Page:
A full moon weekend saw an afternoon bite on the Manitowish Chain that led to one angler’s biggest walleye to date. And a bit of deja vu all over again.
Eighteen inches of ice covered the lake and the temp was around 20 degrees Jan. 26 when Gary Huck headed out fishing with his son, Corey Huck.
The pair checked a familiar weedline break, using electronics to find the right depth and an underwater camera to investigate the health of the weeds.
Noting a hazy layer over and around the decaying weeds, they moved off in search of baitfish.
The hopeful anglers located a large school of perch over a flat, sandy bottom in seven feet of water and set up around them, equipping their tip-ups for multi-species fishing. In the middle, they set up their shelter. They would see some action there.
“We were on a hot perch bite and couldn’t pull them out of the holes fast enough,” Corey said. Eventually, a bigger predator would show.
They got their first tip-up at 3:30 p.m., and Corey caught and released a 30-inch muskie. The ball was rolling.
At 4 p.m., as wife and mother, Christine, and Corey’s yellow Lab, Titan, came running across the lake to check out the action, the next tip-up went up. Gary would handle this one.
He bided his time, letting the fish make a couple of runs before trying to set the hook. But set that hook he did – and it was soon obvious that something good was on the other end of the line.
“When I felt the pull I knew it was a good-sized fish and immediately became less aggressive with the pull-in,” Gary said. “I could feel the head thrash as it made another run or two.”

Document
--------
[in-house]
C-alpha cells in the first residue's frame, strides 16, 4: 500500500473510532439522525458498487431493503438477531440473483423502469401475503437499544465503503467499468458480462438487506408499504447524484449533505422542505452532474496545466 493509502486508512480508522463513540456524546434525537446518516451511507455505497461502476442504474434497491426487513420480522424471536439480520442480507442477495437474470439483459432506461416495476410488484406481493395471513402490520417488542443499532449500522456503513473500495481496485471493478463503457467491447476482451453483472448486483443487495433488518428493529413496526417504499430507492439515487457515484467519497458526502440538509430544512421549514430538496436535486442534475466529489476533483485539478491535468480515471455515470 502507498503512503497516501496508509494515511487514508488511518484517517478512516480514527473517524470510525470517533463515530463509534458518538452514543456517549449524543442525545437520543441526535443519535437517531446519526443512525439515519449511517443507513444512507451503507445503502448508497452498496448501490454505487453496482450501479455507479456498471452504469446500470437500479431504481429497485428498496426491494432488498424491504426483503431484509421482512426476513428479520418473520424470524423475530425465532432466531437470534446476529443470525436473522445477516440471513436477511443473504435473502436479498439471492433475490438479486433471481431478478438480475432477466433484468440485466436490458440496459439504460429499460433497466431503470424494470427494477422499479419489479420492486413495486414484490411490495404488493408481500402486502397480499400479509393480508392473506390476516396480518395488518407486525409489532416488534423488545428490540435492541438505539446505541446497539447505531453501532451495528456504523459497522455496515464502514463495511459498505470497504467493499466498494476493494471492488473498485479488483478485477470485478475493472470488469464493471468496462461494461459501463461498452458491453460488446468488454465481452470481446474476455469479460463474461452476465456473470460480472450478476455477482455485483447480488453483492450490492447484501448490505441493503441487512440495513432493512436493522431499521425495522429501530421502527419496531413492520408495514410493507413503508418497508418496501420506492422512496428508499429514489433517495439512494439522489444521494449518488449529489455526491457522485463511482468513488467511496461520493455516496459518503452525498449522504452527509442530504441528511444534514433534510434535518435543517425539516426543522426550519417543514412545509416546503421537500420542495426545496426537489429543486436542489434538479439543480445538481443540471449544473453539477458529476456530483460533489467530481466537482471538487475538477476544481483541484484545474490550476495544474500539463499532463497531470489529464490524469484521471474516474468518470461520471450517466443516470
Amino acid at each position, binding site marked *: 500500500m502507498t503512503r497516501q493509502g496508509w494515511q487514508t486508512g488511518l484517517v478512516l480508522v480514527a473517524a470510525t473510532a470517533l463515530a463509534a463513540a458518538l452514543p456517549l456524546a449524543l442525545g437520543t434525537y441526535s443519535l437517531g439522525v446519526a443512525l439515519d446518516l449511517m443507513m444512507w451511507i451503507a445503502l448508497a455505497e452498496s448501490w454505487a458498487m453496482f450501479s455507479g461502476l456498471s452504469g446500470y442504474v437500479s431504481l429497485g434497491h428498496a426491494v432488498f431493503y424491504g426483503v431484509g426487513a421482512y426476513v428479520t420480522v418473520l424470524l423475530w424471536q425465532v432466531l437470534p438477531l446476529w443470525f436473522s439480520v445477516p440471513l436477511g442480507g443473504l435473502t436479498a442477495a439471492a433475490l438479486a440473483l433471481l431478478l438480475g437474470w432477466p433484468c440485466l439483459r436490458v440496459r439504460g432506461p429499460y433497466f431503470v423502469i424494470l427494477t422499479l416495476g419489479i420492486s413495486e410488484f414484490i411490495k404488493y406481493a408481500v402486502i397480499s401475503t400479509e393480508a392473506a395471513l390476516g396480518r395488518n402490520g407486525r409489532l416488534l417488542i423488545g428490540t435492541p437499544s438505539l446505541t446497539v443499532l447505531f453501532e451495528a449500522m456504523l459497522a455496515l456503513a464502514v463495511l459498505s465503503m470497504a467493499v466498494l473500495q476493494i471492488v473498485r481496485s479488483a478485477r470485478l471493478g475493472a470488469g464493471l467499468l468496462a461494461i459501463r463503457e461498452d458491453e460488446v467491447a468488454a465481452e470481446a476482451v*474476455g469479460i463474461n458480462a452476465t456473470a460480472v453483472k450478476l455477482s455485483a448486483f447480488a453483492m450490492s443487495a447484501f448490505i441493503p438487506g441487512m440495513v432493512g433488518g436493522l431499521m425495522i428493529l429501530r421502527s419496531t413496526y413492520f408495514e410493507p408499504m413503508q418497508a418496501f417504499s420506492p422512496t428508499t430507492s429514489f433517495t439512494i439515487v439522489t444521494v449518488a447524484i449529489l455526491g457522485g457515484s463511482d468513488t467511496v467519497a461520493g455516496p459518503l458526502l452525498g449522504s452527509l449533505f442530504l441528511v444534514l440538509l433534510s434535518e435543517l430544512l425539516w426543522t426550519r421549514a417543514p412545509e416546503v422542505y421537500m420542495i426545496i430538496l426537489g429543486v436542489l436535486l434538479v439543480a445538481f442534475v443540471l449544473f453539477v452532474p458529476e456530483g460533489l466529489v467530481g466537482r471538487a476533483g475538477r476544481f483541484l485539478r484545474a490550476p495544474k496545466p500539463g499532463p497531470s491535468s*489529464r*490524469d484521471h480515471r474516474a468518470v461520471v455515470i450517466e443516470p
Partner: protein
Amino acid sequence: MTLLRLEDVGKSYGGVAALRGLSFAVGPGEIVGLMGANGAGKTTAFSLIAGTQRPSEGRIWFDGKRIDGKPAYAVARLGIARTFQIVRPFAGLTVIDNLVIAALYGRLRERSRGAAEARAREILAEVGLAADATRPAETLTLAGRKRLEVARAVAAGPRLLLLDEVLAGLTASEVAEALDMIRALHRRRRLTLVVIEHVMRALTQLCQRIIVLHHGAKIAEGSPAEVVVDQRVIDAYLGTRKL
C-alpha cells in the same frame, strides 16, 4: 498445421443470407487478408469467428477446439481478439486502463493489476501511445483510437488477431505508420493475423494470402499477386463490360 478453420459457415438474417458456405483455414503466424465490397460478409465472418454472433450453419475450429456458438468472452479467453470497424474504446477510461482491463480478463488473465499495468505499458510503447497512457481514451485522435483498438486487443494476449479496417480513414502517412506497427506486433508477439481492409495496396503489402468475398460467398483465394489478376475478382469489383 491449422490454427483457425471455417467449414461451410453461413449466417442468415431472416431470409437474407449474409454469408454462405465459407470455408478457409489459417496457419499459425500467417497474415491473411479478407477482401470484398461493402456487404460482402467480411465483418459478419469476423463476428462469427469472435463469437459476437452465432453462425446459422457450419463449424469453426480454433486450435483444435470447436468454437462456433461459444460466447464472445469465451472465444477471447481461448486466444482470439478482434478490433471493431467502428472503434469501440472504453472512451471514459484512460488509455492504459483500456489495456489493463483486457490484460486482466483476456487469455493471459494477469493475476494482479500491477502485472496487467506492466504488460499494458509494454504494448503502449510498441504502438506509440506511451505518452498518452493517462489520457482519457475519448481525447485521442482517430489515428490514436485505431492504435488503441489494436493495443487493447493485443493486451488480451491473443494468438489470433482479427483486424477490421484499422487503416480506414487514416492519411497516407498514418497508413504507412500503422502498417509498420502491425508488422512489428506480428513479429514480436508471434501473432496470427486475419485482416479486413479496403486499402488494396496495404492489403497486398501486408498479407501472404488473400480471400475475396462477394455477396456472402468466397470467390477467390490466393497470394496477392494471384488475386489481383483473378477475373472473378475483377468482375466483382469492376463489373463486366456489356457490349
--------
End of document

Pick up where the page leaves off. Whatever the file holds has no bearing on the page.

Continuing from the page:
A marble-eyed surprise was in the making.
“I thought for sure it was a northern or muskie by the weight until Corey saw it flash across the hole and he yelled, ‘It is a walleye!’”
Gary handled the big fish with due caution as he tried to seal the deal.
“As soon as I got to the leader I slowly brought the head into the hole and pulled it up on an angle to get it on the ice,” Gary said.
Gary noted that one curious onlooker was eager to get in on the action.
“Just about at the time I was ready to pull the fish out, Titan ... started poking his head between our legs and trying to help.”
The walleye was one of the biggest Gary had ever seen. Measurements would soon reveal a 28-1⁄2-inch length and a 16-1⁄2-inch girth.
The fish beat his previous best walleye by 6-1⁄2 inches and was the biggest fish of any species that Gary had ever hauled through a hole in the ice.
The catch was a near-replica of a feat from a season ago.
“He caught this walleye no more than a stone’s throw from where I caught my personal best, a fish of near equal stature, the year before,” Corey said.
Corey had also caught a 28-1⁄2-incher, his sporting a 17-inch girth, back in late December 2011.
They took time for high-fives, photos and celebration, then got back to fishing.
Father and son would also catch a nice pike and ended up catching a total of 50 or more perch. About 5 p.m., the bite stalled.
One other group of hard water anglers was on the lake that day. They revealed that they caught only a couple of small perch. In light of that, Corey said he and his dad were “extremely fortunate.”
A relative newcomer to the sport of ice fishing, Gary has grown to enjoy it.
“I have only ice fished in the past three years and now that I have all the electronics, house, etc. I am really enjoying the time on the beautiful Vilas County lakes,” he said.
Well, father and son seem to have found a pattern that works.
“Catch one walleye of this size on a spot you’d call it luck or fate,” Corey said, “but if you catch two in consecutive seasons you might be on to something special.”
Craig Turk may be reached at firstname.lastname@example.org